Success in medicine requires hard work and determination. As the application and selection process is highly competitive, you need to be fully prepared and ensure your application stands out from the crowd if you want to study medicine abroad.
Dr Gerard Browne from the University of Central Lancashire (UCLan) School of Medicine, gives you his advice and a step-by-step guide for applying to medical schools.Find out more about medicine at UCLan
Make sure you’re fully prepared and do your research thoroughly. Draw up a shortlist, make sure you visit the schools to get a feel for the place, talk to the students and have a good look around the campus and city – five years is a long time!
If you’re not able to visit, check out the website, look at what other students have to say and see if the university is making the effort to come and see students in your country.
It’s an advantage to get some experience in a hospital, doctor’s surgery or care setting – it’s good to see what being a doctor is really about.
If you’ve tried applying for work experience and cannot get any, then don’t worry – think about doing some voluntary or community related work.
Check through the admission requirements. These will typically include academic qualifications, proof of language proficiency (such as the IELTS), references, a personal statement, work experience and may include UCAT, although we do not ask for this at UCLan.
As an international applicant, you’ll need to ensure your academic qualifications are accepted.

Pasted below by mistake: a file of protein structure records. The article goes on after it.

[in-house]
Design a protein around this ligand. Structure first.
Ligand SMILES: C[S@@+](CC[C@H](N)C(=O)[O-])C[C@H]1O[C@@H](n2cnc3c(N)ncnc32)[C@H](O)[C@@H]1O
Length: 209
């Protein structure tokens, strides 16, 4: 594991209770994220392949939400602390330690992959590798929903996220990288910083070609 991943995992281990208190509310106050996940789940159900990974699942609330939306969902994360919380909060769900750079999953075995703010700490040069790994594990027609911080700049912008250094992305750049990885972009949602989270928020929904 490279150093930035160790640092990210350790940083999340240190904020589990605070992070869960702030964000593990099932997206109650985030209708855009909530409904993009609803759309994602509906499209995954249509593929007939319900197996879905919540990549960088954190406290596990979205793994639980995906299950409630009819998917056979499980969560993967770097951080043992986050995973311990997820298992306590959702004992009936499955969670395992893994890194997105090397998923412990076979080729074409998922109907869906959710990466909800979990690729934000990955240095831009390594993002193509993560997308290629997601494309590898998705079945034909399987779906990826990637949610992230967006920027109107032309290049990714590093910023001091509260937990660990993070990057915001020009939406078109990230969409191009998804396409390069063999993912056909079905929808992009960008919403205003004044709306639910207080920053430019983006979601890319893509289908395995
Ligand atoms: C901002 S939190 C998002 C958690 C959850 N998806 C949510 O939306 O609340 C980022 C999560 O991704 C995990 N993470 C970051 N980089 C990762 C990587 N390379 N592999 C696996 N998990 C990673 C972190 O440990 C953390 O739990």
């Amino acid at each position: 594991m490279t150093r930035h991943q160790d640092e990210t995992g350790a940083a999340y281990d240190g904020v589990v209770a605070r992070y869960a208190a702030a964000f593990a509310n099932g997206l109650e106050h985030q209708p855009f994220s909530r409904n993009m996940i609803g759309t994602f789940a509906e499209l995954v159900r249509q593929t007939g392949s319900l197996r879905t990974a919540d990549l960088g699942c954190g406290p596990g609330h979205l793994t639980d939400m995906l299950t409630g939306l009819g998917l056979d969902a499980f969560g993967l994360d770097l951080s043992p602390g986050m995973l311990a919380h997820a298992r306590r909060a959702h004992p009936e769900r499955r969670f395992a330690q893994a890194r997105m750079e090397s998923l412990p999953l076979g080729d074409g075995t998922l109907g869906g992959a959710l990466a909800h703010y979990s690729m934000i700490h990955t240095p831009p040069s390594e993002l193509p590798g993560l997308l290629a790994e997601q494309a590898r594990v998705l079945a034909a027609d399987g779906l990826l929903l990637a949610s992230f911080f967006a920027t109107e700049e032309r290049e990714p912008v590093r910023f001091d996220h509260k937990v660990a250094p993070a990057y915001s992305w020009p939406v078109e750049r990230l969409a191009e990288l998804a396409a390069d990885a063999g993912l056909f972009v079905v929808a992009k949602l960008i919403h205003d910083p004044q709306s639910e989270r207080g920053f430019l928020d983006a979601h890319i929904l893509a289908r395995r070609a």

Your application form is really important. You can only be assessed on the information you provide and that will be used to select candidates for interview.
Here at UCLan, your application will be assessed against academic and non-academic set criteria. If you do not meet the academic requirements you will be rejected.
At UCLan applications that meet the academic and non-academic set criteria are passed to a selection panel where your personal statement, reference and work experience are considered.
Provide evidence that you possess the qualities required by a trainee doctor and give examples. Universities are looking for direct, hands-on experience of helping ill, disabled, distressed or disadvantaged people.
As well as your work and voluntary experience, you should show evidence of a healthy work-life balance to demonstrate your ability to cope with conflicting demands on your time.
A career in medicine involves working in a team. Give examples of teamwork and ensure you explain that you understand what it means to be a doctor in the 21st century.
You’ll need an academic reference written by a member of staff from your school/college to support your application.
A character reference is not sufficient so if you are not currently in education you should ask an academic supervisor.
Whilst some universities offer the chance to be interviewed elsewhere, it is most likely that you will be expected to travel to the UK for interview.
This will give you the chance to see the school first hand and meet the team. It is now standard practice to offer Multiple Mini Interviews (MMIs), which most schools of medicine feel gives everyone the opportunity to demonstrate a range of skills and attitudes.
Finally, remember to think about what first inspired you to consider a medical career, how you’ve already demonstrated your commitment to pursuing this pathway, and your future ambitions.
You may need to apply through the UK University and College Application Service (UCAS) by the application deadline in October.
You will have the option of applying to four UK medical schools via UCAS. Some universities, like UCLan, allow you to apply direct and may consider late applications from international students.Contact UCLan to find out more
For further information, call +44 (0)1772 895024 or email email@example.com.
Words: Dr Gerard Browne, Academic Lead Clinical Skills and Assistant to the Deputy Heads of School, School of Medicine, University of Central Lancashire
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